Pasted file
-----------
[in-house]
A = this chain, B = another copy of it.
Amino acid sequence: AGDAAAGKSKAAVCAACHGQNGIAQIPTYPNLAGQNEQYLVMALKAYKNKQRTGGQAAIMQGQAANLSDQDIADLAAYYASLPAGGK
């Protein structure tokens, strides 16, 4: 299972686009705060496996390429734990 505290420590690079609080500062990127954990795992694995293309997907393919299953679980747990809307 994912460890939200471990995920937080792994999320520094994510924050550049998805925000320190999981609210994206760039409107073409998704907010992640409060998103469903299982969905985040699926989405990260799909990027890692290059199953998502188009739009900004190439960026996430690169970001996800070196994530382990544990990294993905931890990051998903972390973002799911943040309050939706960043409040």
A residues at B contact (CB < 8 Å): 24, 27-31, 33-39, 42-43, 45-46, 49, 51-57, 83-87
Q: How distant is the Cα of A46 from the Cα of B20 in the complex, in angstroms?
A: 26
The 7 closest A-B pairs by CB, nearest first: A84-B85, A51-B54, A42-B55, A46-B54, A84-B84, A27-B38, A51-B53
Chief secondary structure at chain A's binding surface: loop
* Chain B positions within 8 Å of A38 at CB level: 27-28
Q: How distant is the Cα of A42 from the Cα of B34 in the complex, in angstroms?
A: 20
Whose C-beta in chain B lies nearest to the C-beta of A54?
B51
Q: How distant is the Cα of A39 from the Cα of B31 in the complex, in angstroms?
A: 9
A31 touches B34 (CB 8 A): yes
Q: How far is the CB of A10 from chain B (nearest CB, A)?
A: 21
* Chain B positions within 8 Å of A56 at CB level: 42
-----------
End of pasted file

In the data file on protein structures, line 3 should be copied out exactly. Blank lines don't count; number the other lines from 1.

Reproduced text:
Amino acid sequence: AGDAAAGKSKAAVCAACHGQNGIAQIPTYPNLAGQNEQYLVMALKAYKNKQRTGGQAAIMQGQAANLSDQDIADLAAYYASLPAGGK